Sen. Paull Shin is supporting Governor Chris Gregoire's proposal to ask the voters to increase the state sales tax in order to offset the drastic cuts that would be necessary to balance the state budget. But he is concerned that the increase doesn't go far enough.
Shin, D-Edmonds, said that in the 43 years he has lived in Washington, the state has never experienced such an unprecedented economic downturn. “We are in an emergency situation,” Shin said. “If we are going to increase the sales tax, let’s do so in a way that truly has an impact on education, public safety, and social services.”
Shin says the governor’s proposal bears many similarities to a measure he sponsored in April. Senate Bill 5937 would have temporarily increased the state sales tax by one percent until the end of the 2011-13 biennium. The tax would also expire if the state’s unemployment rate dropped below six and a half percent before the end of the biennium. Although the bill did not pass during the 2011 session, Shin says he will bring forward a similar measure during the upcoming special session.
“A one percent increase in our sales tax could raise over $1 billion,” he said. “I believe that a comprehensive revenue package, combined with the cuts my colleagues and I have and will make, represents a more balanced approach to providing services that will benefit the most vulnerable residents in the state.”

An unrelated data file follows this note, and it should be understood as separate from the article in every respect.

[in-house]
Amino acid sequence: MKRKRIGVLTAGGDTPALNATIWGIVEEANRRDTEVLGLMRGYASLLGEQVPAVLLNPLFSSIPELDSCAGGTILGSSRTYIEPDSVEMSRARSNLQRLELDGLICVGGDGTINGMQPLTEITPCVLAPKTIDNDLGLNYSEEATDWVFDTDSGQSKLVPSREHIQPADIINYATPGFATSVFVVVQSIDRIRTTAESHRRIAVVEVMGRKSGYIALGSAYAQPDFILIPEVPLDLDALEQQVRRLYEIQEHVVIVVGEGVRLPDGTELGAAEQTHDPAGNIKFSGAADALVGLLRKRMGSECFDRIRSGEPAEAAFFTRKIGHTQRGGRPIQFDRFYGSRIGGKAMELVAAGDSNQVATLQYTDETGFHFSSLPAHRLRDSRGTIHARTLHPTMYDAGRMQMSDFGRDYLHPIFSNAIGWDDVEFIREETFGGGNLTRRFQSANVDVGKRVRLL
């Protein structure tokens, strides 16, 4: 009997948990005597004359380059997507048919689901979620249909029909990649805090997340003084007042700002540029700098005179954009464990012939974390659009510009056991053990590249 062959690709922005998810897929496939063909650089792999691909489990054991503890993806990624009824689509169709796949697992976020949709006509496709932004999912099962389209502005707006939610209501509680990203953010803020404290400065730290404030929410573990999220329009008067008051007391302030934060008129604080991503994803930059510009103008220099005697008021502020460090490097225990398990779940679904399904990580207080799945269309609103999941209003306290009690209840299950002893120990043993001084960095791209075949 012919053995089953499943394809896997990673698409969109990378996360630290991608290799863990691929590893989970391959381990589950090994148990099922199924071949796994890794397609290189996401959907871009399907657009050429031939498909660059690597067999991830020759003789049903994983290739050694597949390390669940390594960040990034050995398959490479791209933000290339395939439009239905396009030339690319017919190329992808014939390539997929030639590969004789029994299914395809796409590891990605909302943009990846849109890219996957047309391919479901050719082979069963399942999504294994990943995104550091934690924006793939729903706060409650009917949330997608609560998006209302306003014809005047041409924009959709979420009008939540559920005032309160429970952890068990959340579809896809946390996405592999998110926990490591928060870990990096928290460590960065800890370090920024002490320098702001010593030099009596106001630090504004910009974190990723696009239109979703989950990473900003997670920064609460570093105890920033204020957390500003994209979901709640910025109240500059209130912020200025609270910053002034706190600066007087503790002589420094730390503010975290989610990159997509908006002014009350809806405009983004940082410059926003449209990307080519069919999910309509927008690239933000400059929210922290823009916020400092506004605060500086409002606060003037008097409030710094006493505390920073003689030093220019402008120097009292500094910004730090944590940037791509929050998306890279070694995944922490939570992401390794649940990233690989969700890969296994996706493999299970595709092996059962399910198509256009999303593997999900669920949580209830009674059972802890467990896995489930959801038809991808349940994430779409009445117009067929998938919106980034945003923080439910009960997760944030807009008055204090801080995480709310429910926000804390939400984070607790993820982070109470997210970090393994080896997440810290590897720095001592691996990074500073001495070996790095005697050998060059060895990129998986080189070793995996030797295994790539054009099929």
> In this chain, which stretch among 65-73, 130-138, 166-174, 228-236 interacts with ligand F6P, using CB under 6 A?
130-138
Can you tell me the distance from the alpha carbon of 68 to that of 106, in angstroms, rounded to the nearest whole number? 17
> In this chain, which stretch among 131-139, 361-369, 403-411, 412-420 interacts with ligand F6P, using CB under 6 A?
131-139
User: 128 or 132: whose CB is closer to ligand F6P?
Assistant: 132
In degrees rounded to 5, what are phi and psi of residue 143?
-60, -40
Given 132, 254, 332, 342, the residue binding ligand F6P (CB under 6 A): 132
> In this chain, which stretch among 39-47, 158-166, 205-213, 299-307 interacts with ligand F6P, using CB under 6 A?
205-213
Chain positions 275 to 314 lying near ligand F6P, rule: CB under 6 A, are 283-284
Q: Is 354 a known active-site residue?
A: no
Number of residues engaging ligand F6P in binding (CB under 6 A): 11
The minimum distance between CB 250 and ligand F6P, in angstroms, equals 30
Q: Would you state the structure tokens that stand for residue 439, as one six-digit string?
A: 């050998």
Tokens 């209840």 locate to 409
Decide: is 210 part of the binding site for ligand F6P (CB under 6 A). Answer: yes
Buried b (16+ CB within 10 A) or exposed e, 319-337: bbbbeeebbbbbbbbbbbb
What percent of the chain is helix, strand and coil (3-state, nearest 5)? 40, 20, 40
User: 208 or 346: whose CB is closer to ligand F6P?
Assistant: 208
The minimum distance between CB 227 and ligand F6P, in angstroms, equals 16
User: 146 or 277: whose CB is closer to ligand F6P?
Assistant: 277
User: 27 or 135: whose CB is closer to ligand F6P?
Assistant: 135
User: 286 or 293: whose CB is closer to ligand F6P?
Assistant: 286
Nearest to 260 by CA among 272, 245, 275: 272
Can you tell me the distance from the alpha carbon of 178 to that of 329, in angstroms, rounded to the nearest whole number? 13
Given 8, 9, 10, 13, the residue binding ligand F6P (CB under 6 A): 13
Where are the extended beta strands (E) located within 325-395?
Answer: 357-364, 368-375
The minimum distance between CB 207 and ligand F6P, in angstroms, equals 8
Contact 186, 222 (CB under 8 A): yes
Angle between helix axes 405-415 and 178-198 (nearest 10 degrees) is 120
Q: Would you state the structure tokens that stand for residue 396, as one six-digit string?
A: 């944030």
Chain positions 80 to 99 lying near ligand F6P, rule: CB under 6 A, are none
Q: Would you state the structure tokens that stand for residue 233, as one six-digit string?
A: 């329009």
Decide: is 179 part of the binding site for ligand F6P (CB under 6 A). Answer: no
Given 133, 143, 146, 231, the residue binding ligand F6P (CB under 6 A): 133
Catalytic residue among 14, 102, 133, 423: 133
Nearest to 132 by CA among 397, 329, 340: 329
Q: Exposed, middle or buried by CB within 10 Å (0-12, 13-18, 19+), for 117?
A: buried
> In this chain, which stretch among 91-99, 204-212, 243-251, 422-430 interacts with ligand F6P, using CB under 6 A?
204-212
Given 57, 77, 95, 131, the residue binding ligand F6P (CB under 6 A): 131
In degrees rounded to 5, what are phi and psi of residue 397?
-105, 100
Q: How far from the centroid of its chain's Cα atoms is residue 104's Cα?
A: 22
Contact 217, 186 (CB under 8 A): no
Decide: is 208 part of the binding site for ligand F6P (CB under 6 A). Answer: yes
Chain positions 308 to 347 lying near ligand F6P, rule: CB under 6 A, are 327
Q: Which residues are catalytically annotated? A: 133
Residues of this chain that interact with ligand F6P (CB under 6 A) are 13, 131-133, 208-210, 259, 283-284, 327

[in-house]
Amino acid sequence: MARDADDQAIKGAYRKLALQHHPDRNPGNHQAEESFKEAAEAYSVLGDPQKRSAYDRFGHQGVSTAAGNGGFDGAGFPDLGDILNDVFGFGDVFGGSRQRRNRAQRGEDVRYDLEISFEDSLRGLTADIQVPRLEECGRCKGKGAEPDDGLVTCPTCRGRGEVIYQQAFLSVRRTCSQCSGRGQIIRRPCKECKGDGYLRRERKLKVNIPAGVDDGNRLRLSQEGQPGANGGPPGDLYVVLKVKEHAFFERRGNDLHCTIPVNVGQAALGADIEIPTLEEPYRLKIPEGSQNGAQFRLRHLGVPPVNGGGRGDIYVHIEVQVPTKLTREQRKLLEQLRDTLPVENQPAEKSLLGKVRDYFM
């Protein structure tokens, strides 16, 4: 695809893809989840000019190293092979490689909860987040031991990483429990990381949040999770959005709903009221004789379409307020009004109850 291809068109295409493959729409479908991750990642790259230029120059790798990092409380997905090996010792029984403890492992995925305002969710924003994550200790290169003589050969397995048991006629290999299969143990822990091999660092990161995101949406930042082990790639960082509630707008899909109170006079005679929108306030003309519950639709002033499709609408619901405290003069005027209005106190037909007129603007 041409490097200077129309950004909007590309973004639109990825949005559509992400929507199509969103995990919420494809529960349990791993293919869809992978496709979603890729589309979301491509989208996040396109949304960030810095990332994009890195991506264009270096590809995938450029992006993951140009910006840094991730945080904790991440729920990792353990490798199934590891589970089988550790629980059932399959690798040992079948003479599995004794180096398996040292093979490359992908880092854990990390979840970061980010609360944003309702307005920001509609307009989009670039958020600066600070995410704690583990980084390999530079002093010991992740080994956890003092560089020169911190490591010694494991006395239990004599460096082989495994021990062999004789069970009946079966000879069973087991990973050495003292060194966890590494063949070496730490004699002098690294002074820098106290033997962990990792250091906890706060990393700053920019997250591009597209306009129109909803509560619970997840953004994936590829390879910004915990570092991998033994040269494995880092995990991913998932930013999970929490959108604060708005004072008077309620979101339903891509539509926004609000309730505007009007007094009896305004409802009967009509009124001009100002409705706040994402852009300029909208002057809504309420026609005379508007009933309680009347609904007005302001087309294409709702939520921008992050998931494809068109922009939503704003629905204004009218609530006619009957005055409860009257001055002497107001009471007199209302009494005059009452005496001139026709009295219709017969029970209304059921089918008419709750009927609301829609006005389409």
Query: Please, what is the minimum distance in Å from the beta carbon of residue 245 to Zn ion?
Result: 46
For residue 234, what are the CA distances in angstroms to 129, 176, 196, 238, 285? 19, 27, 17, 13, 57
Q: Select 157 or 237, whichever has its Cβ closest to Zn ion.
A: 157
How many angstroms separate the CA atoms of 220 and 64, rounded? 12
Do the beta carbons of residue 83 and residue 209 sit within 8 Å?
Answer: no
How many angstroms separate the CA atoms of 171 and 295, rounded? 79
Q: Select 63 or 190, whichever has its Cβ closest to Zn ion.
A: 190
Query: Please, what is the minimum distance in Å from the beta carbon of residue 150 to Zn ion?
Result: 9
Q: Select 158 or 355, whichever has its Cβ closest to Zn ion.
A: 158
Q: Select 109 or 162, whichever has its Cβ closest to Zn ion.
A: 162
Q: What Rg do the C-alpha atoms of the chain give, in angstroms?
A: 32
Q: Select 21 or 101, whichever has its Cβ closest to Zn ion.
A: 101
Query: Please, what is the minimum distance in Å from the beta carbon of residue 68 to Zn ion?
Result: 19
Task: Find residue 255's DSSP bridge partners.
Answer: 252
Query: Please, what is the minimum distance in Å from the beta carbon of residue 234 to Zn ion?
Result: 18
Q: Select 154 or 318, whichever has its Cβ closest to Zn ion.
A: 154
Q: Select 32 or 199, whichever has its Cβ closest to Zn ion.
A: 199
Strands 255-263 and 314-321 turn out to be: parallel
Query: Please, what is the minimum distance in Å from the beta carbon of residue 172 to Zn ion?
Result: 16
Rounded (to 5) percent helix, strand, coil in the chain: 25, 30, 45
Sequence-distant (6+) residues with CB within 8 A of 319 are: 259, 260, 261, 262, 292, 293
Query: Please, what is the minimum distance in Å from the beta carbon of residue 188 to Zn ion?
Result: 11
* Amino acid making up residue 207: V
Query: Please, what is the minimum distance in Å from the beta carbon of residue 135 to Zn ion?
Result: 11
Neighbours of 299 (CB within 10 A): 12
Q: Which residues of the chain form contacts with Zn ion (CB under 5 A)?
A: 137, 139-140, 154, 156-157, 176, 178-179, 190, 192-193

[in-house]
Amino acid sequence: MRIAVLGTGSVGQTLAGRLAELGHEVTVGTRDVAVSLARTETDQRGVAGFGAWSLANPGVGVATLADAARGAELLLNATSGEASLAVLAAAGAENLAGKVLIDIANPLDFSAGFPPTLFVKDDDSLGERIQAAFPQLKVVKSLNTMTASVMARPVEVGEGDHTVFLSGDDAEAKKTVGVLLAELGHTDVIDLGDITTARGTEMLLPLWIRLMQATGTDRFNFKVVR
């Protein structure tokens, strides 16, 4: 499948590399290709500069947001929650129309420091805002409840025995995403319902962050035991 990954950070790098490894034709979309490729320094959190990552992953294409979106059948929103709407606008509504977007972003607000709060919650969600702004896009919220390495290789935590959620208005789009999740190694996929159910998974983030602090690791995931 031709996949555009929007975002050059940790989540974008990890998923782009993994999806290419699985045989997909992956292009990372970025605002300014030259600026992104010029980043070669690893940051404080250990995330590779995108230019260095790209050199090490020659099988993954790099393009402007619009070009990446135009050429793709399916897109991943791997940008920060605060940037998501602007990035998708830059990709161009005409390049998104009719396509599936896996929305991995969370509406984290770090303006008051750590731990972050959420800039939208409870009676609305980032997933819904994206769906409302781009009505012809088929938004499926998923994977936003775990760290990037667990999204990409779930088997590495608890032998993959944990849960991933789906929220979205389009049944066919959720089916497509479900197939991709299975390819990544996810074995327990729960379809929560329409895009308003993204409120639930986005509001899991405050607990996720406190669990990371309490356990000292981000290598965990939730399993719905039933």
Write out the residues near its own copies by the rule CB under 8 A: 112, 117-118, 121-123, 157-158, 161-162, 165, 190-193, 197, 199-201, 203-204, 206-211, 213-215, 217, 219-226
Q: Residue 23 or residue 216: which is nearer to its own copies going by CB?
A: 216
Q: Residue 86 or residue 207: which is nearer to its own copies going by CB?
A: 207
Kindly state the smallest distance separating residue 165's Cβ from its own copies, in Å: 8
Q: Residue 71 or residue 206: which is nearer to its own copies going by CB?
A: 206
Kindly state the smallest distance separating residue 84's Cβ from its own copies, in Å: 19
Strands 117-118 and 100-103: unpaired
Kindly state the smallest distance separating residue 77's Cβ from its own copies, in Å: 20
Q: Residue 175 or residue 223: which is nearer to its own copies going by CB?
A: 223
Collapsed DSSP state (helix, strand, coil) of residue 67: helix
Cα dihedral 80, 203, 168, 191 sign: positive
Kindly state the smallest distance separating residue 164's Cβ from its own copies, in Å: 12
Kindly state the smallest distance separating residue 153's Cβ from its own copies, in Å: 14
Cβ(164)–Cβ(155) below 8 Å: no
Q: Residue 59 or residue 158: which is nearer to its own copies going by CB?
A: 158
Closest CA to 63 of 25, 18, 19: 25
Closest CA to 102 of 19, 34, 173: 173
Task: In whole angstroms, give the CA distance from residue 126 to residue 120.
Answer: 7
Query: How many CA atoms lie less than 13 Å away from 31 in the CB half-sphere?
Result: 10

The governor’s proposed half cent increase would represent the first change in the sales tax rate in 28 years. Shin says the increase is a step in the right direction, but is only expected to raise about $500 million for the current biennium, compared to a nearly $2 billion shortfall.
“The Governor’s proposed increase is so small that on a $10 purchase, a person would only pay five cents more,” Shin said. “Why not nine cents? Is a few cents extra too much to ask to keep open the doors at our colleges and universities? Can we not spare a nickel to keep our grandparents safe and healthy? Ultimately, this is a small increase for each of us individually, but together, as a united family, we as Washingtonians can live in the kind of state we have come to love and cherish.”
“Believe me when I say that I know what these cuts are doing to our people,” Shin said. “As an American, and as a Washingtonian, I for one cannot stand idly by while our citizens are sleeping in the streets and while our seniors and disabled are dying in their homes without proper care.”
If approved by the Legislature, the governor’s request could go before the voters as a referendum on the ballot.